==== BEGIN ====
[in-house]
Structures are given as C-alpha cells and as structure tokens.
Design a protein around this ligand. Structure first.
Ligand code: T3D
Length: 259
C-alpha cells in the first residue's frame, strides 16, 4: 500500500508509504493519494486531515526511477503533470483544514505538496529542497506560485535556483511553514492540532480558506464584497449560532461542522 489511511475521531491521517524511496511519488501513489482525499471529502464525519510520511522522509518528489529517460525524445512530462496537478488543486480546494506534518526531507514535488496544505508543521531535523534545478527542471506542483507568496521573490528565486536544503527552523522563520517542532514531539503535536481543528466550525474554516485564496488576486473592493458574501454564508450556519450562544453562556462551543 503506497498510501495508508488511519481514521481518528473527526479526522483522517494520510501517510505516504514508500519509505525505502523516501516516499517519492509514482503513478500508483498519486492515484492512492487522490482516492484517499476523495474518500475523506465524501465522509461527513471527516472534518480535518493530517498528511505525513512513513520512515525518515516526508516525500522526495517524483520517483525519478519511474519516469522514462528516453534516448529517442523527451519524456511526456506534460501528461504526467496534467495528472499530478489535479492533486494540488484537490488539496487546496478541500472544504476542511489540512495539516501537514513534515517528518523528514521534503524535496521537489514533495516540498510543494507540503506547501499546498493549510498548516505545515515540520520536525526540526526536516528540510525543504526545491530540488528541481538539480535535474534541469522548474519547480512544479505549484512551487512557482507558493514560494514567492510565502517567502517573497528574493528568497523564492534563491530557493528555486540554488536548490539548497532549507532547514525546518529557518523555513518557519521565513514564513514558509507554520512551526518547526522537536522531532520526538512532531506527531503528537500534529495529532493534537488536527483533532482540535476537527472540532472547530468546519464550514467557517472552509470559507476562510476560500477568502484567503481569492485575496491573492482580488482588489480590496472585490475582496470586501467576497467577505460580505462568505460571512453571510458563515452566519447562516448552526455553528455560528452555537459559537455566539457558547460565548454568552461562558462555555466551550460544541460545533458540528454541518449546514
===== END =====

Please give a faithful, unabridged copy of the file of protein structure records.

[in-house]
Structures are given as C-alpha cells and as structure tokens.
Design a protein around this ligand. Structure first.
Ligand code: T3D
Length: 259
C-alpha cells in the first residue's frame, strides 16, 4: 500500500508509504493519494486531515526511477503533470483544514505538496529542497506560485535556483511553514492540532480558506464584497449560532461542522 489511511475521531491521517524511496511519488501513489482525499471529502464525519510520511522522509518528489529517460525524445512530462496537478488543486480546494506534518526531507514535488496544505508543521531535523534545478527542471506542483507568496521573490528565486536544503527552523522563520517542532514531539503535536481543528466550525474554516485564496488576486473592493458574501454564508450556519450562544453562556462551543 503506497498510501495508508488511519481514521481518528473527526479526522483522517494520510501517510505516504514508500519509505525505502523516501516516499517519492509514482503513478500508483498519486492515484492512492487522490482516492484517499476523495474518500475523506465524501465522509461527513471527516472534518480535518493530517498528511505525513512513513520512515525518515516526508516525500522526495517524483520517483525519478519511474519516469522514462528516453534516448529517442523527451519524456511526456506534460501528461504526467496534467495528472499530478489535479492533486494540488484537490488539496487546496478541500472544504476542511489540512495539516501537514513534515517528518523528514521534503524535496521537489514533495516540498510543494507540503506547501499546498493549510498548516505545515515540520520536525526540526526536516528540510525543504526545491530540488528541481538539480535535474534541469522548474519547480512544479505549484512551487512557482507558493514560494514567492510565502517567502517573497528574493528568497523564492534563491530557493528555486540554488536548490539548497532549507532547514525546518529557518523555513518557519521565513514564513514558509507554520512551526518547526522537536522531532520526538512532531506527531503528537500534529495529532493534537488536527483533532482540535476537527472540532472547530468546519464550514467557517472552509470559507476562510476560500477568502484567503481569492485575496491573492482580488482588489480590496472585490475582496470586501467576497467577505460580505462568505460571512453571510458563515452566519447562516448552526455553528455560528452555537459559537455566539457558547460565548454568552461562558462555555466551550460544541460545533458540528454541518449546514